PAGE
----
President Ronald Reagan was known as “The Great Communicator.” He did not have the assistance of a compliant media as his successors, Bill Clinton and Barack Obama, had during his two terms in office. He also had to deal with a Democratic majority in the House of Representatives led by Speaker Thomas “Tip” O’Neill who provided rigid opposition to his domestic and defense policies.
Yet Ronald Reagan was successful in carrying out his agenda and given the enormity of his electoral victories, is considered one of America’s most beloved Presidents. How did he do it? In great part, the answer was his ability to bypass detractors and take his message directly to the American people.
This is where the left calls him an “actor”, suggesting that his presence was merely the result of his experience in front of a microphone or camera. All style with little substance. Of course this assessment of President Reagan’s fitness to lead is completely skewed and inaccurate.
While President Reagan possessed a warm, commanding dignity he would be the first to point out that he connected with people not by how he was communicating, but rather by what he was saying. In her book, Simply Speaking, former Reagan speechwriter Peggy Noonan remembers her boss as one who “didn’t say things in a big way, he said big things”. And these big things clearly resonated with Americans throughout his presidency. Reagan saw what he was communicating as coming from the heart of America and originating from our principled beliefs, experience and wisdom.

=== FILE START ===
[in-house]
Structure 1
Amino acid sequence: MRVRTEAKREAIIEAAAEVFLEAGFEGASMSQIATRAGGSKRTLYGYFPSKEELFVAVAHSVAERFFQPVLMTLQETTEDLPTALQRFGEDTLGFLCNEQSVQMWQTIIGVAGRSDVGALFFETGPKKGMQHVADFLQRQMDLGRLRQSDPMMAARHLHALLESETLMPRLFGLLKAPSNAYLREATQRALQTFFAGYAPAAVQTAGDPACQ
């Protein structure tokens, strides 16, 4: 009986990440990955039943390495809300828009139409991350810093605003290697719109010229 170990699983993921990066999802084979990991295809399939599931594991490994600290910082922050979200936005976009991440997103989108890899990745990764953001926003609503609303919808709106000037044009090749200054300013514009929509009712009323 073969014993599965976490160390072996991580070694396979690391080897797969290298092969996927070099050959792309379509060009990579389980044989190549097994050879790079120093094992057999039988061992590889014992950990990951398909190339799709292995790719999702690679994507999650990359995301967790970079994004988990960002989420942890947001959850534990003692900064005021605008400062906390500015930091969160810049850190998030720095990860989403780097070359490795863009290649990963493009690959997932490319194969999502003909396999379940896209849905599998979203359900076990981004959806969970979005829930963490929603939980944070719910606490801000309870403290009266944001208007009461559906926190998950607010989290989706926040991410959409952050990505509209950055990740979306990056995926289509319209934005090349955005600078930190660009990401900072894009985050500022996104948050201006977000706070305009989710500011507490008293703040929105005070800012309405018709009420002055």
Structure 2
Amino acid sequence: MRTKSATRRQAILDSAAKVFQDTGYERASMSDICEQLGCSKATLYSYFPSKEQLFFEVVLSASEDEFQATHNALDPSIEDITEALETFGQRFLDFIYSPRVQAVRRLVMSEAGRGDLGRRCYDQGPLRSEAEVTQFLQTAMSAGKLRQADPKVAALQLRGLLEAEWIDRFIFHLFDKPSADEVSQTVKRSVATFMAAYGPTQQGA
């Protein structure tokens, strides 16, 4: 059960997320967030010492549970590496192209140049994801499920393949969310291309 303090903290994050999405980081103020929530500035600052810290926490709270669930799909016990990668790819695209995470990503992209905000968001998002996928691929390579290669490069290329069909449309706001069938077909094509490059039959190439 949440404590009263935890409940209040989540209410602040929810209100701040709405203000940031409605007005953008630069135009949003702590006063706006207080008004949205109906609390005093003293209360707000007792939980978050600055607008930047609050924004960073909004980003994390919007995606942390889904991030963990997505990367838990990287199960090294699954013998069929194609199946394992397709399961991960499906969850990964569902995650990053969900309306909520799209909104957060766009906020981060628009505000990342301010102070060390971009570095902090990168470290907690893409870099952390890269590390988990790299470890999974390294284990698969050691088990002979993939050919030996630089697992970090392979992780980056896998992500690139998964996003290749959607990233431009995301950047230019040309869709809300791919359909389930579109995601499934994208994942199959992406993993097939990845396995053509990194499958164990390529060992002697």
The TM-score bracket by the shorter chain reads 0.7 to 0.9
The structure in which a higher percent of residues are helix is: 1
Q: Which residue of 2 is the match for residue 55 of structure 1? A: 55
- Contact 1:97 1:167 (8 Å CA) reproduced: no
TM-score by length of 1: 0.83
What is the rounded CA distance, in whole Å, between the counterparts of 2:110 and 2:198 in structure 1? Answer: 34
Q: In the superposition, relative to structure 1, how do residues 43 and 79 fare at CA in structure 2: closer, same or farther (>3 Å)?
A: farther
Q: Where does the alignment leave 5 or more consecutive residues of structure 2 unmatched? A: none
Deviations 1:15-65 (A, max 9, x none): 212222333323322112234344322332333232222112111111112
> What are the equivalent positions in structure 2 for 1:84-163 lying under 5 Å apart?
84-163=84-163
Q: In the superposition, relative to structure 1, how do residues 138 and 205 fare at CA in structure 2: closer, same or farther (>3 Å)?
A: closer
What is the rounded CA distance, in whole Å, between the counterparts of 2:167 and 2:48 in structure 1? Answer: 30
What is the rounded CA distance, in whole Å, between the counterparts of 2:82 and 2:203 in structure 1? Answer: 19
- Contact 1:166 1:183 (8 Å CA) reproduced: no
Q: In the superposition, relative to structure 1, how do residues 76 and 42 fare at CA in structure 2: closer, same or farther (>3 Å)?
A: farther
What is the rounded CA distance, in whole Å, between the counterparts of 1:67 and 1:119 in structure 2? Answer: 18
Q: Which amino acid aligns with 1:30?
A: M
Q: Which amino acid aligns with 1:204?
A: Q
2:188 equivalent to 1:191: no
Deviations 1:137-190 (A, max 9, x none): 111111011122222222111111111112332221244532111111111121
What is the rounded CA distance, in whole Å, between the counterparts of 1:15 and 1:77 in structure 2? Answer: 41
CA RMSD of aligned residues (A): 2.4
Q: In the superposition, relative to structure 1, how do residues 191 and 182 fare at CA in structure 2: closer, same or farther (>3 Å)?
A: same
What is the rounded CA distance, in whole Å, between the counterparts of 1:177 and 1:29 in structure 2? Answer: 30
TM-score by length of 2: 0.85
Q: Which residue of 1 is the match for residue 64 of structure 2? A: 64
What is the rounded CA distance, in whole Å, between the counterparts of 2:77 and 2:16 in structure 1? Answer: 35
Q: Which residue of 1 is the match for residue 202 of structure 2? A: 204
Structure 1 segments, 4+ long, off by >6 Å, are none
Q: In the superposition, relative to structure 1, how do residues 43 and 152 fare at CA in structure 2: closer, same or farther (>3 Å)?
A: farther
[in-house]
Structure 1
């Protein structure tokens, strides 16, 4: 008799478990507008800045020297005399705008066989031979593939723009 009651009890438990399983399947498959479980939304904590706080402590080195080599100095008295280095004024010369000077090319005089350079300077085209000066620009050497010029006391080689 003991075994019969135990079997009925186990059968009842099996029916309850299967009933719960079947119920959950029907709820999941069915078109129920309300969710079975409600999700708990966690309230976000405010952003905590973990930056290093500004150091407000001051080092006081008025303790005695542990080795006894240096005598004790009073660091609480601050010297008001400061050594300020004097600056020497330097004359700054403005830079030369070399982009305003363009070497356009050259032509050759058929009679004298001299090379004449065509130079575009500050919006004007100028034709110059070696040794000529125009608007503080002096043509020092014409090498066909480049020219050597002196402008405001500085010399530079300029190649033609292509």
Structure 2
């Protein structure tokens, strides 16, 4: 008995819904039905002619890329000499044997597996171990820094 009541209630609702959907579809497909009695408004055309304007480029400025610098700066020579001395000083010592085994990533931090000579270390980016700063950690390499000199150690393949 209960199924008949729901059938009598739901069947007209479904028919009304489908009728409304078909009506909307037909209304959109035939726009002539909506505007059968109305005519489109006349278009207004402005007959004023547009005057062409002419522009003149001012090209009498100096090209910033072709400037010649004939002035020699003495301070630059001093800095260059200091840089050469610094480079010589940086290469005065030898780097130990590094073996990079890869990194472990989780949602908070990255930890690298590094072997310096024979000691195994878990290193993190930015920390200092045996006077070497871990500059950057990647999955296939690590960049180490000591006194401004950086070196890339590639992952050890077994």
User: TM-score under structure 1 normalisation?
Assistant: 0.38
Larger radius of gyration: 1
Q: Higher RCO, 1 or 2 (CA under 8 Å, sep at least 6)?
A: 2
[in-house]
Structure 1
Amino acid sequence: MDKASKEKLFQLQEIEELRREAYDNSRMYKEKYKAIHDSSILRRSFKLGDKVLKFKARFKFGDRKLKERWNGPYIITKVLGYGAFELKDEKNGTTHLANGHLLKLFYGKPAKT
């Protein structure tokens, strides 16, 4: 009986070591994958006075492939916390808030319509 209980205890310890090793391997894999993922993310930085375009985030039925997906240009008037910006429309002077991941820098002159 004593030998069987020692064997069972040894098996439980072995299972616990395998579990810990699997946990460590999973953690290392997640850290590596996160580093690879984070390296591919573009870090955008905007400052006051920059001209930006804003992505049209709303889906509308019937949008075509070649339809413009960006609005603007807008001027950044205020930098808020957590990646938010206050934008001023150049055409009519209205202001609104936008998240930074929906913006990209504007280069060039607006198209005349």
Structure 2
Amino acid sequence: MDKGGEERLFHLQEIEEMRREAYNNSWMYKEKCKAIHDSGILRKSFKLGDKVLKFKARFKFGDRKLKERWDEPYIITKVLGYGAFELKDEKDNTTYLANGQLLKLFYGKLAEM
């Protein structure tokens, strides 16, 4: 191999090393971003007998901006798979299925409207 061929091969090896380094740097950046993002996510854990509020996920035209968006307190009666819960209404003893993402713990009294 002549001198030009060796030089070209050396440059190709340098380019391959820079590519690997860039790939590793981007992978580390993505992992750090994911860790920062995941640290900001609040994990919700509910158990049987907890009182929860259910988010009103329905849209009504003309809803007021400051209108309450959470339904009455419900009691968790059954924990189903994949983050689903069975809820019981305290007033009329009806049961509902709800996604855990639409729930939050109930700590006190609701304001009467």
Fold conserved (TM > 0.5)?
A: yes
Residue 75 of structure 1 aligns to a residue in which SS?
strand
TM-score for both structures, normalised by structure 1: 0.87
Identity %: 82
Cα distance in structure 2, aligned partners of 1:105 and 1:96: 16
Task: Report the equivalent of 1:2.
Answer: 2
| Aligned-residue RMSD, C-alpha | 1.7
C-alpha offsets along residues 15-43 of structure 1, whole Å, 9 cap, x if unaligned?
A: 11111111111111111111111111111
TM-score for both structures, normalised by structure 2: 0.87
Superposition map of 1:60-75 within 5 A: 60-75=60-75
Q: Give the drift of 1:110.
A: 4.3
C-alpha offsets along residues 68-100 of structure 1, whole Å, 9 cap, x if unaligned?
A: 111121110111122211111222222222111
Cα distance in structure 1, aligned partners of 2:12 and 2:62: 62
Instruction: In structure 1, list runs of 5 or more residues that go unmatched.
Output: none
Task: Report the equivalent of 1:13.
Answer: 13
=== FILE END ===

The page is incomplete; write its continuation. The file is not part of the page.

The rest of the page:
It’s now 2017. President Donald Trump is in office and faced with the prodigious task of fixing the enormous mess made by Barack Obama and his Democratic accomplices, including the ruse known as Obamacare. President Trump has started strong in this effort by appointing Dr. Tom Price as Secretary of Health and Human Services. After an unnecessary lengthy confirmation process, Secretary Price is now in place and assembling the team that will ultimately oversee the replacement of Obamacare.
What can the Secretary learn from The Great Communicator? Perhaps when it comes time to consider alternative health care reform plans, he could do what Reagan did. That is to appeal to America’s common sense as well as the Reagan references to our principled beliefs, experience and wisdom. Health care is an emotional, personal concern for most Americans and any changes to it must be carefully and compassionately shared to all those involved, including patients, physicians and every entity responsible for the delivery of services.
And unlike during the Reagan years, many more media outlets exist now to ensure the right message gets to the American people. Savvy use of social media would also blunt the expected, organized hysteria the left will surely unleash to oppose any Republican health care reform package. There are also advocacy groups comprised of everyday Americans who stand ready to provide any means of support for a reform plan designed to replace Obamacare.
However, one huge component of communicating health care reform can’t be taken for granted, that is Congressional outreach. No assumptions projecting Republican amenability regarding any reform plan must be made. A clear, consistent communication strategy articulating reform and the reasons for it, must be crafted and executed. If it entails feet on the street (or on the Hill) conducting multiple meetings with members of Congress to ensure the message has been received and understood, so be it. This strategy will also include appealing to some Democrats, particularly those in red states who may be more motivated to consider a plan to replace Obamacare given the current political climate and landscape.
There will be many factors that contribute to a successful health care reform plan, but an effective messaging platform will be paramount to marshalling the momentum for change. Thankfully, the Reagan template endures, ready for its time-tested application to this noble cause.